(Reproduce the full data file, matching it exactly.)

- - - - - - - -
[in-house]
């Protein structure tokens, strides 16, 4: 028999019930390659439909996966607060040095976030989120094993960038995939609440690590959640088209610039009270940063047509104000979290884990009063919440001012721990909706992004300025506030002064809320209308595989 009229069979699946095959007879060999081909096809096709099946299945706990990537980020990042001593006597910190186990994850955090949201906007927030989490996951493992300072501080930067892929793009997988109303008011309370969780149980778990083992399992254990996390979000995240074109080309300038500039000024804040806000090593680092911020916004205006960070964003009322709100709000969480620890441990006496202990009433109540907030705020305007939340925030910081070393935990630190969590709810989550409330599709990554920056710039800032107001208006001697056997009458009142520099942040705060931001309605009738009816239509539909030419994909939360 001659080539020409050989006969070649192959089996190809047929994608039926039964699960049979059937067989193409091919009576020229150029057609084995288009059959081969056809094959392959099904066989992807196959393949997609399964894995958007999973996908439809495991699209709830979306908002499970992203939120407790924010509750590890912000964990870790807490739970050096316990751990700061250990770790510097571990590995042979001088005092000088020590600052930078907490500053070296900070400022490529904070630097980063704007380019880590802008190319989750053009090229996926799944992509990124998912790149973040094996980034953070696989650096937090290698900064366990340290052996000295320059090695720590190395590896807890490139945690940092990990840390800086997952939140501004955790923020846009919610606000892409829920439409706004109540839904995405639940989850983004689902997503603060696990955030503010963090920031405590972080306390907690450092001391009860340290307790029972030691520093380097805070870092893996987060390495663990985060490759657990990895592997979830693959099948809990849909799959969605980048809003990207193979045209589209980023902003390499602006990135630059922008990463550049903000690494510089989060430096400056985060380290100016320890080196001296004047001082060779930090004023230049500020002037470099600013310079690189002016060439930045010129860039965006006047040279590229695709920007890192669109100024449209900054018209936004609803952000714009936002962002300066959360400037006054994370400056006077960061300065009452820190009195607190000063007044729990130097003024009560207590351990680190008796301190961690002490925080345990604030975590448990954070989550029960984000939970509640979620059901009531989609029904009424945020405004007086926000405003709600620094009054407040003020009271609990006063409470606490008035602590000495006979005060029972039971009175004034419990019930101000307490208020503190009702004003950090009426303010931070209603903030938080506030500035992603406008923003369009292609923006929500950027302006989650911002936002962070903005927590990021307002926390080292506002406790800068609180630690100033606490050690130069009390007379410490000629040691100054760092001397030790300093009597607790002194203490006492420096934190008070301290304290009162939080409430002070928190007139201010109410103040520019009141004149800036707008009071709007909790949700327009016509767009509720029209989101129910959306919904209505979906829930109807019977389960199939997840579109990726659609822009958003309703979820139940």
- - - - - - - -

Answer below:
[in-house]
């Protein structure tokens, strides 16, 4: 028999019930390659439909996966607060040095976030989120094993960038995939609440690590959640088209610039009270940063047509104000979290884990009063919440001012721990909706992004300025506030002064809320209308595989 009229069979699946095959007879060999081909096809096709099946299945706990990537980020990042001593006597910190186990994850955090949201906007927030989490996951493992300072501080930067892929793009997988109303008011309370969780149980778990083992399992254990996390979000995240074109080309300038500039000024804040806000090593680092911020916004205006960070964003009322709100709000969480620890441990006496202990009433109540907030705020305007939340925030910081070393935990630190969590709810989550409330599709990554920056710039800032107001208006001697056997009458009142520099942040705060931001309605009738009816239509539909030419994909939360 001659080539020409050989006969070649192959089996190809047929994608039926039964699960049979059937067989193409091919009576020229150029057609084995288009059959081969056809094959392959099904066989992807196959393949997609399964894995958007999973996908439809495991699209709830979306908002499970992203939120407790924010509750590890912000964990870790807490739970050096316990751990700061250990770790510097571990590995042979001088005092000088020590600052930078907490500053070296900070400022490529904070630097980063704007380019880590802008190319989750053009090229996926799944992509990124998912790149973040094996980034953070696989650096937090290698900064366990340290052996000295320059090695720590190395590896807890490139945690940092990990840390800086997952939140501004955790923020846009919610606000892409829920439409706004109540839904995405639940989850983004689902997503603060696990955030503010963090920031405590972080306390907690450092001391009860340290307790029972030691520093380097805070870092893996987060390495663990985060490759657990990895592997979830693959099948809990849909799959969605980048809003990207193979045209589209980023902003390499602006990135630059922008990463550049903000690494510089989060430096400056985060380290100016320890080196001296004047001082060779930090004023230049500020002037470099600013310079690189002016060439930045010129860039965006006047040279590229695709920007890192669109100024449209900054018209936004609803952000714009936002962002300066959360400037006054994370400056006077960061300065009452820190009195607190000063007044729990130097003024009560207590351990680190008796301190961690002490925080345990604030975590448990954070989550029960984000939970509640979620059901009531989609029904009424945020405004007086926000405003709600620094009054407040003020009271609990006063409470606490008035602590000495006979005060029972039971009175004034419990019930101000307490208020503190009702004003950090009426303010931070209603903030938080506030500035992603406008923003369009292609923006929500950027302006989650911002936002962070903005927590990021307002926390080292506002406790800068609180630690100033606490050690130069009390007379410490000629040691100054760092001397030790300093009597607790002194203490006492420096934190008070301290304290009162939080409430002070928190007139201010109410103040520019009141004149800036707008009071709007909790949700327009016509767009509720029209989101129910959306919904209505979906829930109807019977389960199939997840579109990726659609822009958003309703979820139940």